While some Dungeon/Game Masters see their role as an aggressor and adversary, that is not the tone we want to set in our games. Rather, we want the players to enjoy the adventure through the eyes of their characters. The world can be harsh, yes, and the more powerful a character becomes, the greater their challenges must be to match their experience. But this does not mean that every session is an attempt to outwit or outshine or outmuscle the player group. Quite the opposite; this is collaborative storytelling, which puts us all on the same side regardless of what side of the screen we sit. Falling back on the rule of Cool and/or Fun above, it is rare that a player enjoys dying and creating a new character for every game session. That having been said, if the player group as a whole wish to raise the difficulty level of their adventures, we'll be happy to oblige!

  • NO DM PCs
    This is a matter of some debate, but we take a very hard line on this issue. So much so that it bears repeating and highlighting. The game master controls the whole world…every laughing babe, every blade of grass. There is no reason to further hog the spotlight from players by making their own character with ambitions and needs to be fulfilled. Even in the instance of a gap in party roles, IE 'They need a healer'. No, they don't. If they did, they'd have made one. Instead, we may create an interesting shop where they can get healing potions or broken bones mended. Perhaps that kooky witch or shaman or doctor character is a semi-regular feature, but they are still an NPC.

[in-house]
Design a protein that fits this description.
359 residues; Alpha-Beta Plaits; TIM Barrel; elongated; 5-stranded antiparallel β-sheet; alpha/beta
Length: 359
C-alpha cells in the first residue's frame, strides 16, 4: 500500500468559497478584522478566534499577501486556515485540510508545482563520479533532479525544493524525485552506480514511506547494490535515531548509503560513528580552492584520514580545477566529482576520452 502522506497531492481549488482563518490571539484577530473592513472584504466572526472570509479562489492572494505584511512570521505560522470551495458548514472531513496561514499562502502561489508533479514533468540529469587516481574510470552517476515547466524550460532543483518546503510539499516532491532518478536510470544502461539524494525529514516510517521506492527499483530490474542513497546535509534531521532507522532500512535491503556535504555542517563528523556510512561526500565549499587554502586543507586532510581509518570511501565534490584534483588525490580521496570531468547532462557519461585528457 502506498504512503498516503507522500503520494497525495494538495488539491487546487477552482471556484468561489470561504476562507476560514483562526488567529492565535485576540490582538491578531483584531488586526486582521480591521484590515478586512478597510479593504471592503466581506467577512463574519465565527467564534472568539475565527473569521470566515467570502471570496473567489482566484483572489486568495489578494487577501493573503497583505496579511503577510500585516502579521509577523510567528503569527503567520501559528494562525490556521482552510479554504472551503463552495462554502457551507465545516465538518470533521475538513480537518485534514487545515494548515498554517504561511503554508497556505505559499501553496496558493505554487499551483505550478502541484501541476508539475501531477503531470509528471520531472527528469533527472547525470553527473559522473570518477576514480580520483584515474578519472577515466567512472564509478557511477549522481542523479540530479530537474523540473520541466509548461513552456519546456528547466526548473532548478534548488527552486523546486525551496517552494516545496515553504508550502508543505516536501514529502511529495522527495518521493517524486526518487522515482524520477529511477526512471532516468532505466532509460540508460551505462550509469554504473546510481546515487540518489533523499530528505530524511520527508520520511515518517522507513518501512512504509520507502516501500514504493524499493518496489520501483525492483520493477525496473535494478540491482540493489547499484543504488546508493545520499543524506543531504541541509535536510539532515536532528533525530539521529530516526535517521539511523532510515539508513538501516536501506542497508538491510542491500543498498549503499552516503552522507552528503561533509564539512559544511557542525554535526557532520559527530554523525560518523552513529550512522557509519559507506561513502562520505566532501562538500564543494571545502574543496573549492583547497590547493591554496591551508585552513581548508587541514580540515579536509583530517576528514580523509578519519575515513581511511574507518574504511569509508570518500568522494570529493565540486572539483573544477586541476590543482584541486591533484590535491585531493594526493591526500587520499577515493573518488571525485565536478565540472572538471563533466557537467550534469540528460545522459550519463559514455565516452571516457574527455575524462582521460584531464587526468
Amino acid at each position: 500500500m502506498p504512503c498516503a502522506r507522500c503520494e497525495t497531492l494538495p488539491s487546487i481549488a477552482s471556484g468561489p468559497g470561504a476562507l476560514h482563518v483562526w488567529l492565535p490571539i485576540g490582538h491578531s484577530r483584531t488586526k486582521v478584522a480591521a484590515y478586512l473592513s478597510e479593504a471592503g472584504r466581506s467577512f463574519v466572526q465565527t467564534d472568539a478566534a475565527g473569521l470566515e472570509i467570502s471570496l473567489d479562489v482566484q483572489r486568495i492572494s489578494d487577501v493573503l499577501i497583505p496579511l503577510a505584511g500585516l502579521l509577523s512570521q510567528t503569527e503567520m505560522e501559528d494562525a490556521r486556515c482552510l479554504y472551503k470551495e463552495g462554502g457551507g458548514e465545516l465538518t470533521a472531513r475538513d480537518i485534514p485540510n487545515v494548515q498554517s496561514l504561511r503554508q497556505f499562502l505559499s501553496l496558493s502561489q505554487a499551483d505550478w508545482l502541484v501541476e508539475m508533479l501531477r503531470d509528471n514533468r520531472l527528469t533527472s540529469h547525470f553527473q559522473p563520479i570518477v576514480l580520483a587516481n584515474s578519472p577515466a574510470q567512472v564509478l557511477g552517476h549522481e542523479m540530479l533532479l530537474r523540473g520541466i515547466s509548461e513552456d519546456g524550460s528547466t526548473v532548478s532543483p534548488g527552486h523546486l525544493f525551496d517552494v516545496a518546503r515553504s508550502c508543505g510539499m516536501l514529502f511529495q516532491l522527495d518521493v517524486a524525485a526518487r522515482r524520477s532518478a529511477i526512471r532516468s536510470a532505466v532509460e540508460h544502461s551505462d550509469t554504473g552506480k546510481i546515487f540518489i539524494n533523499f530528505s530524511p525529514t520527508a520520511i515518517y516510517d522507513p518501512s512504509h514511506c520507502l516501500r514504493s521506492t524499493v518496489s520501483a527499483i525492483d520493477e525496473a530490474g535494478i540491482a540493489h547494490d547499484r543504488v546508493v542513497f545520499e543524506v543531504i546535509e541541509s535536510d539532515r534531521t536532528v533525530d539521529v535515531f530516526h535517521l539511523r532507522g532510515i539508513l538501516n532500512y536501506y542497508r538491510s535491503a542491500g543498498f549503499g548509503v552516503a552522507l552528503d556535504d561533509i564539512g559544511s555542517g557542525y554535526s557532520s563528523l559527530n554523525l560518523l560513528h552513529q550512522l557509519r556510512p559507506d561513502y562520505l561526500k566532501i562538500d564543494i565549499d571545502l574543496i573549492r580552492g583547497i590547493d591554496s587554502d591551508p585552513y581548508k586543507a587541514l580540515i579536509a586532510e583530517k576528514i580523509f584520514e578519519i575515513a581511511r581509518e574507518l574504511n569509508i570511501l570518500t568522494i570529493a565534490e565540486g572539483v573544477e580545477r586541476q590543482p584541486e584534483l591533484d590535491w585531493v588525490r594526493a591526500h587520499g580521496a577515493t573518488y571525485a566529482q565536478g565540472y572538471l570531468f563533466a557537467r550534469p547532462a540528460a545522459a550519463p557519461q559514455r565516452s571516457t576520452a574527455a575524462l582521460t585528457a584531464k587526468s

• Romance - Fade to Black
    In the interest of catering to the widest possible audience, as well as avoiding awkward situations and strange vibes, our games will not feature graphic depictions of romance and that kind of activity. We don't want to discourage creating these bonds with other NPCs or even PCs with mutual consent, those are great avenues to explore…however, there is nothing to be served by a play-by-play commentary of that which takes place behind closed doors. Some things are better left to the imagination. And there might be kids watching our sessions, let's keep things as appropriate as we would for our own families.

  • Crime: No domestic violence, child abuse, sexual assault
    While these things are dark aspects of the real-life we all share, many of us victims in one form or another, it is not the purpose of our stories to bring these topics to the front of consideration. Simply put, in our worlds, these things simply do not happen. There are plenty of dark crimes and intrigue and evil doings that will take place for our characters to overcome…some are just better left alone for other days and other discussions. Since we want to focus on fun primarily, we would rather not get into the darkest and most despicable aspects of humanoid existence. So to reiterate, spousal abuse, child abuse, and sexual abuse/assault of all kinds simply don't exist in our worlds.

Enjoys Playing
AEG ( Legend of the Five Rings, 7th Sea ), Card Games ( Poker, Magic... ), D&D 5E, Palladium Games